GRAY MYOTIS

Gray Myotis
Photo by John MacGregor
Used by permission

Gray Myotis
Myotis grisescens

Federal Status:
Endangered

State Status:
Endangered

  • Range: Kansas range map for Gray Myotis
    Dark Blue = Counties with designated critical habitat
    Light Blue = Historical records
  • Comments: The gray myotis is a cave-dwelling bat that found a summer home in the storm-water drainage system of Pittsburg, Kansas where an estimated 2,000-3,000 individuals live. In addition, about 100 females use these tunnels as a nursery site. The bats feed on flying insects over water and follow riparian woodland corridors to get to foraging sites. The summer haunts are at different locales than the winter hibernation caves. Some of the summer resident gray myotis from Pittsburg were banded and found hibernating during winter months in caves of northwest Arkansas. This bat hibernates in clusters with densities that average 170 bats per square foot. The gray myotis is known to live as long as 14-15 years. Common threats to bats include loss of habitat, pesticide residues and human disturbance. Researchers have documented declines greater than 60 percent in gray myotis populations in Tennessee, Kentucky, Alabama, Missouri and Arkansas.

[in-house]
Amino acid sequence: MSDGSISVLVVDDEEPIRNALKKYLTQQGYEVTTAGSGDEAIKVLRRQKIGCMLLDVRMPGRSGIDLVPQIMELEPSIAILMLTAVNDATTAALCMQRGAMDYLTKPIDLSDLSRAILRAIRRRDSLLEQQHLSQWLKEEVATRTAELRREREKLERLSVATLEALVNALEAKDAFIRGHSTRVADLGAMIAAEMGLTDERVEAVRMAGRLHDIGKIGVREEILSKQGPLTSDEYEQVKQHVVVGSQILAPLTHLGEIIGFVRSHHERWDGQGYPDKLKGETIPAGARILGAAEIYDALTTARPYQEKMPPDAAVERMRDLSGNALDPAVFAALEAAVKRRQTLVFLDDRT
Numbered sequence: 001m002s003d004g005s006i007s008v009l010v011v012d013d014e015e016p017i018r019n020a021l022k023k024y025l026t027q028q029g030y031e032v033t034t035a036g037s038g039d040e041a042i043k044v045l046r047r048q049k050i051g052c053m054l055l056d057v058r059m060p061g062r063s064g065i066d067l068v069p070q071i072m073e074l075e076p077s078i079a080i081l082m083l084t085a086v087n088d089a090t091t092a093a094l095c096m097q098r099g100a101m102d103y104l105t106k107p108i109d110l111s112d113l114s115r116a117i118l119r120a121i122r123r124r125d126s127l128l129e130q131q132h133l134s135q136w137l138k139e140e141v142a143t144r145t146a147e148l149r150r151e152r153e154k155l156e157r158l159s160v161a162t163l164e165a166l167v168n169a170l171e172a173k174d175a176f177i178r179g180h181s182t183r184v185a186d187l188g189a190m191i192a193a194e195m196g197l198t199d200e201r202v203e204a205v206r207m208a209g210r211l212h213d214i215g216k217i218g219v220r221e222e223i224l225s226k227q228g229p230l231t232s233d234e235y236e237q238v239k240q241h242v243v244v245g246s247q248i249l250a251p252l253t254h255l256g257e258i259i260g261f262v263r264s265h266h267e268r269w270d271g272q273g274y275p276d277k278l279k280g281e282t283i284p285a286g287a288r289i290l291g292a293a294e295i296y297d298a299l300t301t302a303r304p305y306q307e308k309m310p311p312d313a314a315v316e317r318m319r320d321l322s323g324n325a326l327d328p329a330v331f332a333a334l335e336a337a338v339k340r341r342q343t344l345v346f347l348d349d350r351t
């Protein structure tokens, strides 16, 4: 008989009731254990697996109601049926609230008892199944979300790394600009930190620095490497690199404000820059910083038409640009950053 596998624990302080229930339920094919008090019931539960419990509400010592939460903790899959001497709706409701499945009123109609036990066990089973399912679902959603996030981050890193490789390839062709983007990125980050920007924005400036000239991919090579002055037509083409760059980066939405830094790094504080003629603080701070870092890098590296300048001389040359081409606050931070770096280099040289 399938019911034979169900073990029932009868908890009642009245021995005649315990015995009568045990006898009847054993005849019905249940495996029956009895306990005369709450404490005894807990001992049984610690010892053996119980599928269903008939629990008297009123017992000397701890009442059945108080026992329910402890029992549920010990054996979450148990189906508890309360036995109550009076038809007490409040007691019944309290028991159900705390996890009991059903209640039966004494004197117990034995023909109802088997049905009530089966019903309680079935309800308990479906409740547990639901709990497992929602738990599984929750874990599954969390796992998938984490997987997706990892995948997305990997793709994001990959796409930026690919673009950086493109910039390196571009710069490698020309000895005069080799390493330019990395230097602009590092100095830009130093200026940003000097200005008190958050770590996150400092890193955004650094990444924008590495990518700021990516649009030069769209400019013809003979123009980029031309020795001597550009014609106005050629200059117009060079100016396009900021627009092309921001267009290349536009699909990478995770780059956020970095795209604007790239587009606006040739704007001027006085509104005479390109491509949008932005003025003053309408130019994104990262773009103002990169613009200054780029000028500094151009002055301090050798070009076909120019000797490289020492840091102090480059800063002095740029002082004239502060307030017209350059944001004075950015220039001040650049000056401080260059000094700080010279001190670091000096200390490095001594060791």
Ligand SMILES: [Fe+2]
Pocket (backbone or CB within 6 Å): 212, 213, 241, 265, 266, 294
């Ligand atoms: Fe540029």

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Other Mammals on the Kansas T&E List


Kansas Wildlife Refuge
Text: Ed Miller and Bob Gress
Range Maps and Web Design: Jim Mason

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Great Plains Nature Center
6232 E. 29th Street North
Wichita, KS 67220-2200             Call:  316-683-5499            Fax:  316-688-9555